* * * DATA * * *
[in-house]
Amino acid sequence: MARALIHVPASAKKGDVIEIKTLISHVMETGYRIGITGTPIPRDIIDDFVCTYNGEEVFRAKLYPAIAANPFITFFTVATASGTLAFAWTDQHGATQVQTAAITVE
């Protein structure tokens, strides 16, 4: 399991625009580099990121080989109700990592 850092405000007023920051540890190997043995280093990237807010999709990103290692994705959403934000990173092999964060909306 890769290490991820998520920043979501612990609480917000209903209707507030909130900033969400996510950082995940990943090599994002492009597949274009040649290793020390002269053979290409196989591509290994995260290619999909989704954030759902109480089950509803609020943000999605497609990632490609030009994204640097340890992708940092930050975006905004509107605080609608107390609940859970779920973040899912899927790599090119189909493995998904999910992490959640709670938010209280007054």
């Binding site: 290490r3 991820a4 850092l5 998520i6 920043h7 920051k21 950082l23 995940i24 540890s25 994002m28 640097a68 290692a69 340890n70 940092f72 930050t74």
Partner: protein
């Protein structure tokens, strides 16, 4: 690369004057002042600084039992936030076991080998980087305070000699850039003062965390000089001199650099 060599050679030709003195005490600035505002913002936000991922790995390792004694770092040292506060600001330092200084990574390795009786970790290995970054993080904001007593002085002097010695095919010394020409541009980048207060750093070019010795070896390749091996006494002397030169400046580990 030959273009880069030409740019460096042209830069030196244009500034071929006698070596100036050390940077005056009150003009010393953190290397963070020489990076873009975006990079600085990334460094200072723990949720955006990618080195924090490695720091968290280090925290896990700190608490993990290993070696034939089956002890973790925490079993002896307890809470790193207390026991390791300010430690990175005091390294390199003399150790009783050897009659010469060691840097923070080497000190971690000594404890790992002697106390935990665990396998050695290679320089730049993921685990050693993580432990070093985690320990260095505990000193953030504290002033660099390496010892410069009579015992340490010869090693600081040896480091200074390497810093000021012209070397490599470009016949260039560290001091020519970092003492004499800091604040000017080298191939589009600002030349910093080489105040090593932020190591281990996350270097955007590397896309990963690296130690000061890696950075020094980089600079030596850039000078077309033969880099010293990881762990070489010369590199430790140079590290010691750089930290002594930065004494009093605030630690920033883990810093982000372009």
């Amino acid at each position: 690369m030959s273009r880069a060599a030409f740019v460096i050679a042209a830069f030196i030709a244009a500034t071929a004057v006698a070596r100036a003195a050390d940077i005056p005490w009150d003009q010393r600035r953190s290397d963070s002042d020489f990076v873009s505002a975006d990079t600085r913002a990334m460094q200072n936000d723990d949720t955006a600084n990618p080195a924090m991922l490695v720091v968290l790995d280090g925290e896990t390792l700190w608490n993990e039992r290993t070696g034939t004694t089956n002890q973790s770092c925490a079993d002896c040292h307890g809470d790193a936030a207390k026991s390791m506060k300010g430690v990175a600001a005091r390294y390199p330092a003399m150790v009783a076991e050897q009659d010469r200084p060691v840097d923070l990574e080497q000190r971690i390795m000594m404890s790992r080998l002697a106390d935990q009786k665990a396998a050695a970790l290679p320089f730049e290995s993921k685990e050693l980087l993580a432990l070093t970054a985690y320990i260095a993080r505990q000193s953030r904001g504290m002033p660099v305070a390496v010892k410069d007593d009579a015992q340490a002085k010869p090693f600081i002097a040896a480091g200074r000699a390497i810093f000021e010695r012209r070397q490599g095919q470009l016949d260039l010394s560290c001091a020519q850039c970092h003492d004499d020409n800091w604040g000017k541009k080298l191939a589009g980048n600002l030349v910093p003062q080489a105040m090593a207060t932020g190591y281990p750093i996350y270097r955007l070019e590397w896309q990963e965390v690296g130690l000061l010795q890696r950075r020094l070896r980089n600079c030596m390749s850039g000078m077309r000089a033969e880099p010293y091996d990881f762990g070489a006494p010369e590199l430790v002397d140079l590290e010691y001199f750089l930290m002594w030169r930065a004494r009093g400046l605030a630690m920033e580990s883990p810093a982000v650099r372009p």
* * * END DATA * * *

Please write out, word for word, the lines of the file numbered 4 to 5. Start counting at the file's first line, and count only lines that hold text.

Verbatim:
């Binding site: 290490r3 991820a4 850092l5 998520i6 920043h7 920051k21 950082l23 995940i24 540890s25 994002m28 640097a68 290692a69 340890n70 940092f72 930050t74």
Partner: protein